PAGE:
"To Joy My Freedom" by Tera Hunter: Does the public/private dichotomy pertains to the lives of newly freed slave women?

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Stephanie Eckels


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Elisabeth Ritacca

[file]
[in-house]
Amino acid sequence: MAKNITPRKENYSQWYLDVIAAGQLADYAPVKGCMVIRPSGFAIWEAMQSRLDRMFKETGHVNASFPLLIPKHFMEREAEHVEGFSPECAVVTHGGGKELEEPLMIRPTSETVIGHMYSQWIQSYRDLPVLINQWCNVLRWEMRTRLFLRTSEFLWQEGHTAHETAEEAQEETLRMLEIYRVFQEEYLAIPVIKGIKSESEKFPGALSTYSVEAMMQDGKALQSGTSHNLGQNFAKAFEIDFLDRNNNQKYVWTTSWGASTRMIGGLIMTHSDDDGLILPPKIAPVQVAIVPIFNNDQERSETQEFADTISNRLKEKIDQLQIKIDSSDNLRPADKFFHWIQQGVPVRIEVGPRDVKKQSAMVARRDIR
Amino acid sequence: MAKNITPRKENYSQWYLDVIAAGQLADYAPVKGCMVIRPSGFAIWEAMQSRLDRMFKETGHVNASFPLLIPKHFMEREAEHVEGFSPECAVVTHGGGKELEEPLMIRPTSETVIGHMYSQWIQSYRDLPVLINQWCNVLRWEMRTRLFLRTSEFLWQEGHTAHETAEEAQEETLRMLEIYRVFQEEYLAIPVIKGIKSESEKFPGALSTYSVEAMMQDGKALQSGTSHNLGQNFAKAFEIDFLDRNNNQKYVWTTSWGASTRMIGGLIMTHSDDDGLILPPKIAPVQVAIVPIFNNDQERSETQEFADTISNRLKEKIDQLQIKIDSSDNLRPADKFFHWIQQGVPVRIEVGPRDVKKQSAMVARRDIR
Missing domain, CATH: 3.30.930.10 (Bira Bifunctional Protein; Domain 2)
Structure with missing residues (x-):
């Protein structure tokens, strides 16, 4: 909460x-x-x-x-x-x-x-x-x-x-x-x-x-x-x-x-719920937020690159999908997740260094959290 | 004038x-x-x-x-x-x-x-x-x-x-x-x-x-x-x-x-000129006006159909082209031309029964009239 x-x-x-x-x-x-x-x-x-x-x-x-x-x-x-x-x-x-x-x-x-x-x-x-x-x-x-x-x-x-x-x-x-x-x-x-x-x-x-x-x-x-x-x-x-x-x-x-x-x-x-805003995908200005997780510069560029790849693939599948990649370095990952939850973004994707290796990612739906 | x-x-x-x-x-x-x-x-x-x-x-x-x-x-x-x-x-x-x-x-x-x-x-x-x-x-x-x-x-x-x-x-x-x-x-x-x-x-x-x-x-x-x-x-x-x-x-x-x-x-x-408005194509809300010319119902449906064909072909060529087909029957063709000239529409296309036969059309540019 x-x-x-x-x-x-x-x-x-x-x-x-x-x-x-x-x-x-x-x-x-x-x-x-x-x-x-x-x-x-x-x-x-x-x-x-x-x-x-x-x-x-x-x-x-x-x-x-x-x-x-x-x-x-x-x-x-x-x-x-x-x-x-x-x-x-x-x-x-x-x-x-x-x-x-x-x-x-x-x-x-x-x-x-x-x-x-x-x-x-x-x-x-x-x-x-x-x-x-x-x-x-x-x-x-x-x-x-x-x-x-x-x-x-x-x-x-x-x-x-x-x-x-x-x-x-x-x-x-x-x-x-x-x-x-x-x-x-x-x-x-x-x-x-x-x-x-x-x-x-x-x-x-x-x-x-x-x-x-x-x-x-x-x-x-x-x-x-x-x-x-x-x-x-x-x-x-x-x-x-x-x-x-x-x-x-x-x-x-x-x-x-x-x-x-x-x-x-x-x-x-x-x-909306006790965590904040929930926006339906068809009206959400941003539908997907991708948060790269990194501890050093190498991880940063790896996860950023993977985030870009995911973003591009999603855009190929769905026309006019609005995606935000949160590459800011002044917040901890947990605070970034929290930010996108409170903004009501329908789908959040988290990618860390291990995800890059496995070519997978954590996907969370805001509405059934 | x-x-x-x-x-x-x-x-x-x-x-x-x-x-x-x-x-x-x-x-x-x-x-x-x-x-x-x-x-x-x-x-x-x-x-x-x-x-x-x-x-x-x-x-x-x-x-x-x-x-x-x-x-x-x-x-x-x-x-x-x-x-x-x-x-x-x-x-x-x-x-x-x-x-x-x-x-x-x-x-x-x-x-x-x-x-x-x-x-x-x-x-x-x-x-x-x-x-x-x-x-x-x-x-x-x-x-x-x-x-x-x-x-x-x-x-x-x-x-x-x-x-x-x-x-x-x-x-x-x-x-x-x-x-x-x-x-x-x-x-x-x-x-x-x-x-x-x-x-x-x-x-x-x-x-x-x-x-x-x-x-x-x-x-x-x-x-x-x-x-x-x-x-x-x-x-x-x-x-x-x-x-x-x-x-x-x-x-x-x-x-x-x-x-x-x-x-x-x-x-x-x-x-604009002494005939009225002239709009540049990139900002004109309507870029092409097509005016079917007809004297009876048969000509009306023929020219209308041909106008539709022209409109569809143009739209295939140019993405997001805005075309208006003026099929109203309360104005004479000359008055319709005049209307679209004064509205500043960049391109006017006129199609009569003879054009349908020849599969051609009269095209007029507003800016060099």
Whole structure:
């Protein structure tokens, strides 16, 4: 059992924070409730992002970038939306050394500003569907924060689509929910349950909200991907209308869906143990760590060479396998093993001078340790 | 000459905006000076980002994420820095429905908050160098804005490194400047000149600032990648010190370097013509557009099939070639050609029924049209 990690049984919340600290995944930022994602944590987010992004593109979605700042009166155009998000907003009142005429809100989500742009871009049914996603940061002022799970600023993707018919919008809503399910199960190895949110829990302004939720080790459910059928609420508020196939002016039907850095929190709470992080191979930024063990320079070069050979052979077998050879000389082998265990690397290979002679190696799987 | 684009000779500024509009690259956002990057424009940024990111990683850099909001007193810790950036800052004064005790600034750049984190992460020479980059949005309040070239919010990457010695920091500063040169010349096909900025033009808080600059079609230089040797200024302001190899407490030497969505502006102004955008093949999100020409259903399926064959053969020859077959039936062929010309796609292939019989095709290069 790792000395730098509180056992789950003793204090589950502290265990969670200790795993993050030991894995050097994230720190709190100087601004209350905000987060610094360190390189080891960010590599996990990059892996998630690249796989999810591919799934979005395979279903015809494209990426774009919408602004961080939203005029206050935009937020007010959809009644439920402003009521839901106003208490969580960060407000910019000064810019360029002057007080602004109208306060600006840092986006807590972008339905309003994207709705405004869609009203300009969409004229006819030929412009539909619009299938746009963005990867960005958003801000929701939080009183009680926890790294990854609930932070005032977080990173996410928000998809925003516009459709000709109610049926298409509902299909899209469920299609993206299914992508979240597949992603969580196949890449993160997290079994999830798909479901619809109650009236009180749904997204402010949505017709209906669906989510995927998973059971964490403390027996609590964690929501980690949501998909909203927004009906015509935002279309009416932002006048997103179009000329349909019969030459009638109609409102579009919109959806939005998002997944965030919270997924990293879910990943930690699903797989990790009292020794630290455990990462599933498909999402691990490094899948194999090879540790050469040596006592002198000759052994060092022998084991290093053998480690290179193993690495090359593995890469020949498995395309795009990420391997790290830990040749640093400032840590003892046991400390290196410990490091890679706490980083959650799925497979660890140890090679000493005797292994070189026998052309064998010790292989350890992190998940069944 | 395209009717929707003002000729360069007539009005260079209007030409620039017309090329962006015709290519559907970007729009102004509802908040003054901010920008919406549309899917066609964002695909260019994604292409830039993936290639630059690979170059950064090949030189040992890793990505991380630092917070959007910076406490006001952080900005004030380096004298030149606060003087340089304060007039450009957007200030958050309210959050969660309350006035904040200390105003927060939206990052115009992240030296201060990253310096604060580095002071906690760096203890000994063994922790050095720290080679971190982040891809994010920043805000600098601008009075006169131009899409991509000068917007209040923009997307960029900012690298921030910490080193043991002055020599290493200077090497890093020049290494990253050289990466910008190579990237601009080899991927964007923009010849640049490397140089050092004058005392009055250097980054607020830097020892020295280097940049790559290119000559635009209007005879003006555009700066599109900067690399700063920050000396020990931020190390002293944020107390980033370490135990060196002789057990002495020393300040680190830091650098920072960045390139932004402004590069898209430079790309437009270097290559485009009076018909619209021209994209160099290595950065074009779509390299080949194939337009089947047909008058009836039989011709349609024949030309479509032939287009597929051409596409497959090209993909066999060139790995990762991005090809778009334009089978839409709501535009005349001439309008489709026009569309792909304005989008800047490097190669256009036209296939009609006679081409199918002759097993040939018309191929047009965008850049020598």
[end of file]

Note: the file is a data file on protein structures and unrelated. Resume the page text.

In 1866 many newly freed African American women left their masters and traveled a great distance to rebuild their lives in Atlanta. The first stop, for many of the women, was the Freedman's Bureau, a government operated agency that helped former slaves find their families. The question that many people had was why did theses women leave the "comfort" of their master's home. The answer was simple, African American women wanted to protect their dignity, preserve their integrity of their families, and to have fair terms for their labor�. Unfortunately, achieving these goals was not going to be easy. After the civil war, African American women had a hard struggle to be seen as citizens and to gain their rights with Jim Crow becoming increasingly popular in the south. Jim Crow laws were those that many of the southern states created stating "separate but equal" status for African Americans�. One of the biggest obstacles that held African American women back from their rights was the private/public dichotomy model. This model stated that public and private lives were separate and do not involve one another. At the time, the issues that women went through were seen having to deal with only private life, like their family and living conditions. Men were the ones that were responsible for political issues, like voting, which according to the model were considered as the public life. In result, women were hardly ever heard when they spoke about their civil rights. The fight for African American women's rights was the main idea for the book To 'Joy My Freedom by Tera W. Hunter. In the book she wrote about the working class African American women who tried to use their new freedom to gain independence. The...